Tag Archives: self-love

Self-love Skill #2; NO.

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Self-love skill number two. Saying no appropriately.

Man, how I struggle with this one. There’s saying it, of course. Hard at times, almost impossible at others.

But before you can say no, you have to be able to feel into what you really really want. Yes or no. You have to be able to say, I’ll come back to you, I’ll think about it for a while.

You need to accept, appreciate and allow your preferences.

Then, you may need to calmly say no thank you. Sometimes forcefully.

So, the practice continues. 🙂

Oh, and what do self-love skills have to do with creativity? My current experience is that the more I make art, the more productive I am, the more time I need for empty space time, bupkis days, taking care of my needs. It’s all part of the whole of creative work. Although the final act of creation may be fast and expressive, what makes that possible is sometimes a lot of time spent incubating, ruminating and in general just containing different kinds of tension.

This means I need to carve out that time by saying no. A lot. Trust the process, trust the need for this time, trust myself.

Sometimes saying no to the outside world is saying yes to your own art, whatever its expression.

What can you say no to today, as a way of practising self-love?

Implemented Self-Love, One Illustration at a Time

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Look at yourself in the mirror with a loving gaze.

Back from Scotland and my adventures into the mystery of loving self.  Things keep getting more hectic here on our planet, more turbulent. I felt an updated skill set in caring for myself would be appropriate. I’m glad I did.

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Edinburgh was a beautiful place where it was easy to breathe deeply. I came back with lots of inner space and a collection of non-verbal, not yet painted experiences.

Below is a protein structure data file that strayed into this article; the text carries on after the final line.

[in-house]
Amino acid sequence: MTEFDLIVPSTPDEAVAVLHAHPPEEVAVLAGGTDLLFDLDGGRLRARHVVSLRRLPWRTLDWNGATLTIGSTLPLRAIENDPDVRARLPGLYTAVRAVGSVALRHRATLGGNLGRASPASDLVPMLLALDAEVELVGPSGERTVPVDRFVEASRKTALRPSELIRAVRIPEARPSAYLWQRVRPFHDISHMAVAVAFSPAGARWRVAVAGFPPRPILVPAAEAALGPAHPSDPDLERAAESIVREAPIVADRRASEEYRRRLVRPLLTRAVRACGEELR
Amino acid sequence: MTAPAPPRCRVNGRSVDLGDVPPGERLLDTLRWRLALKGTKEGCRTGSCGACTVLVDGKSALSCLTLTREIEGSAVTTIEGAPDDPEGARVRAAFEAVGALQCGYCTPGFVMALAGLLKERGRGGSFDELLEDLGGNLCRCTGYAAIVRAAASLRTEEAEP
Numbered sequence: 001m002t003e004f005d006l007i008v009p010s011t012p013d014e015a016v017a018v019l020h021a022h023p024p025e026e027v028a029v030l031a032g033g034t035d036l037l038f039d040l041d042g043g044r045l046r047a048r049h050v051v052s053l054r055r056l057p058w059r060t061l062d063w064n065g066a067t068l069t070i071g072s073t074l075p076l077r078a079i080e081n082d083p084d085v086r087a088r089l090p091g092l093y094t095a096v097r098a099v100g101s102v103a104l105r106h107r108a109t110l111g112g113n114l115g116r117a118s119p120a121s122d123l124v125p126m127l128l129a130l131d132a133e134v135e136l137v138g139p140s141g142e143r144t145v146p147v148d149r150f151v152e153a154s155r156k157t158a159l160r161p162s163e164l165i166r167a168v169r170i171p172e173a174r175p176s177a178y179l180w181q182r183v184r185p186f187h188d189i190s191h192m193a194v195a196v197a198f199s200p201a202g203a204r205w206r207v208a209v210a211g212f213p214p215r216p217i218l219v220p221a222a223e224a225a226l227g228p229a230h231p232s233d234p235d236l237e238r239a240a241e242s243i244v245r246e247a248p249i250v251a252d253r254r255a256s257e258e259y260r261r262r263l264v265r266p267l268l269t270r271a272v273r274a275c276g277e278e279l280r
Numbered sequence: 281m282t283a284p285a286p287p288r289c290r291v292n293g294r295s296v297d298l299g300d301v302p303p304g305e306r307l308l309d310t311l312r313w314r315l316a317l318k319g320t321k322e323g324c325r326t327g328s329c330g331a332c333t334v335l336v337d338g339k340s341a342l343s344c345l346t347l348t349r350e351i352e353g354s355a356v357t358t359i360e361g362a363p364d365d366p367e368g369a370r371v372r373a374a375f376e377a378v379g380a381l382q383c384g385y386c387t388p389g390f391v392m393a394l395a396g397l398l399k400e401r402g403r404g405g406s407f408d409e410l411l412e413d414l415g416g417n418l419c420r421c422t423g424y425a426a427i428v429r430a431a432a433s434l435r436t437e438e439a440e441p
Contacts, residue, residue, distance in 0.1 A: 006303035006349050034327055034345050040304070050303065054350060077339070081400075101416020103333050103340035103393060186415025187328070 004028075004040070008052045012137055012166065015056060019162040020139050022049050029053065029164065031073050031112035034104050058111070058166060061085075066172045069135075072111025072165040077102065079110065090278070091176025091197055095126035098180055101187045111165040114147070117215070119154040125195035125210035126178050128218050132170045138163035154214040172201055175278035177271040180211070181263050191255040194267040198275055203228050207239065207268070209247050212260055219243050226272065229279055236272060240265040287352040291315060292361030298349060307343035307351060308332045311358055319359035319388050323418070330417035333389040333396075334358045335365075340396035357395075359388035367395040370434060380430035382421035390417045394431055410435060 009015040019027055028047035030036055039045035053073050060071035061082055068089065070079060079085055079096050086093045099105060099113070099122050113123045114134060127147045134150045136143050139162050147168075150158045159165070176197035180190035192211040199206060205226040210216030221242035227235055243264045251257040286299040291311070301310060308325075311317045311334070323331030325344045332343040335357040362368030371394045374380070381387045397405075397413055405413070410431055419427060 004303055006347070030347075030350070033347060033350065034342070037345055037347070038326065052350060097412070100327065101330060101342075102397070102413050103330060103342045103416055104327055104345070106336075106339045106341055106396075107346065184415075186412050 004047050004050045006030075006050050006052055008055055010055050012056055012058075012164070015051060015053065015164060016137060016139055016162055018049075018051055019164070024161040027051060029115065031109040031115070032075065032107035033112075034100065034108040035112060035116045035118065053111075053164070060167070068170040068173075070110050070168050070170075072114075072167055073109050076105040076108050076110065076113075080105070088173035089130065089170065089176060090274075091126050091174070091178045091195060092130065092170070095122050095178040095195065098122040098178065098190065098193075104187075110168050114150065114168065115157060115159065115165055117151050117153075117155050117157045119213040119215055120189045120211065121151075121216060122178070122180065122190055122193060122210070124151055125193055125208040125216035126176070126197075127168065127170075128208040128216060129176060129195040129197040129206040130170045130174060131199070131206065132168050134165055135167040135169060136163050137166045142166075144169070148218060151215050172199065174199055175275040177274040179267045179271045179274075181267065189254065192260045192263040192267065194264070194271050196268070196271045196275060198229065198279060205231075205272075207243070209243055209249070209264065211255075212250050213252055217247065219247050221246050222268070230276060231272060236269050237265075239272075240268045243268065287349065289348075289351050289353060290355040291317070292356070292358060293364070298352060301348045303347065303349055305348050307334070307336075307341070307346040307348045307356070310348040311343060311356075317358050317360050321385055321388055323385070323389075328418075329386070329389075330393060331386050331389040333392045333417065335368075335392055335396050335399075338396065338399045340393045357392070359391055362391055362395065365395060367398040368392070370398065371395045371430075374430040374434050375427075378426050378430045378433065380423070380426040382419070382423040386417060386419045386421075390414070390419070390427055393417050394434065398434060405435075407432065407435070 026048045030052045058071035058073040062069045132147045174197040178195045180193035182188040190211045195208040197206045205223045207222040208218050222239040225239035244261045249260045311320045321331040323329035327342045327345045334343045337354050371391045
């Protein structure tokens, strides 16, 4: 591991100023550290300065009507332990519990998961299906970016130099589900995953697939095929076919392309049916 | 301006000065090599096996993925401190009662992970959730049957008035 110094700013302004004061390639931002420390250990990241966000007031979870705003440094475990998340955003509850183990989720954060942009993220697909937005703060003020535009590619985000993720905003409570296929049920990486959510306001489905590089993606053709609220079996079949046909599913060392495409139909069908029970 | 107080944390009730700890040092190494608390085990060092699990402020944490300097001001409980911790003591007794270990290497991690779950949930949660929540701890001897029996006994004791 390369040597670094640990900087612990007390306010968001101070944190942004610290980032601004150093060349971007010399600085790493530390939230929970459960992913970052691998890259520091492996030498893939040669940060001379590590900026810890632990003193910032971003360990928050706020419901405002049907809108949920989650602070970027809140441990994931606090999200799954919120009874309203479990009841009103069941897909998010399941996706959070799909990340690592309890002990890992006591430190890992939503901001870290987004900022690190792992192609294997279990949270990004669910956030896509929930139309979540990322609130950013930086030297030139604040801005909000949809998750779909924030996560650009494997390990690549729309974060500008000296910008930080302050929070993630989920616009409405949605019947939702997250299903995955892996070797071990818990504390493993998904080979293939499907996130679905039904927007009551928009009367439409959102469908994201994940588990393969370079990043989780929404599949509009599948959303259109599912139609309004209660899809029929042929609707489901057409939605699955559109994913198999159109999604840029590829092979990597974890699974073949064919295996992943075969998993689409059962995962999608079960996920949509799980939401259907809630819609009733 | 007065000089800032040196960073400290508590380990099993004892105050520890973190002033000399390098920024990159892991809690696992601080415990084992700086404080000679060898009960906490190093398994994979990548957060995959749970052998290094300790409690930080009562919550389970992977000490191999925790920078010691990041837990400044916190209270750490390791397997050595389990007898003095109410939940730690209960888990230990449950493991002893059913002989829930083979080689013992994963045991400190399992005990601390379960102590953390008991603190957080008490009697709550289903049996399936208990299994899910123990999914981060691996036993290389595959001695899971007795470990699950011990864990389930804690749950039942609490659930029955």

I’ve always thought loving ourselves is a pretty abstract concept. Easy to think and talk about, harder to practice. A quick google search seems to indicate it isn’t an easy concept generally speaking.

It seems to me, loving ourselves is something to be practised, day by day. This way it does increase, helping us to keep center in this ever-changing world of ours.

So while I’m painting my huge paintings around this theme, here in my studio, I thought I would ask my inner crew to give me something more tangible, that can be shared now.

I asked my friends: What is implemented self-love? Here’s the first illustration, T. and Fant style.

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What is implemented self-love for you, today?

Empath Stories: Self-Love During Changing Times

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The Untrained Empath: Feelings Are Good. Painted by Marie D. Tiger with watercolor 2014, 25x 16 cm. For sale: 370€ plus shipping, frame made to order.

This blog should have been written on Saturday, instead it incubated until today, Monday.

As an empath, I experience my feelings as both a blessing and a curse. The blast of them, while leading to great aliveness, is at times of imbalance, just way too much. Learning to discern which are mine and which aren’t, helps immensely.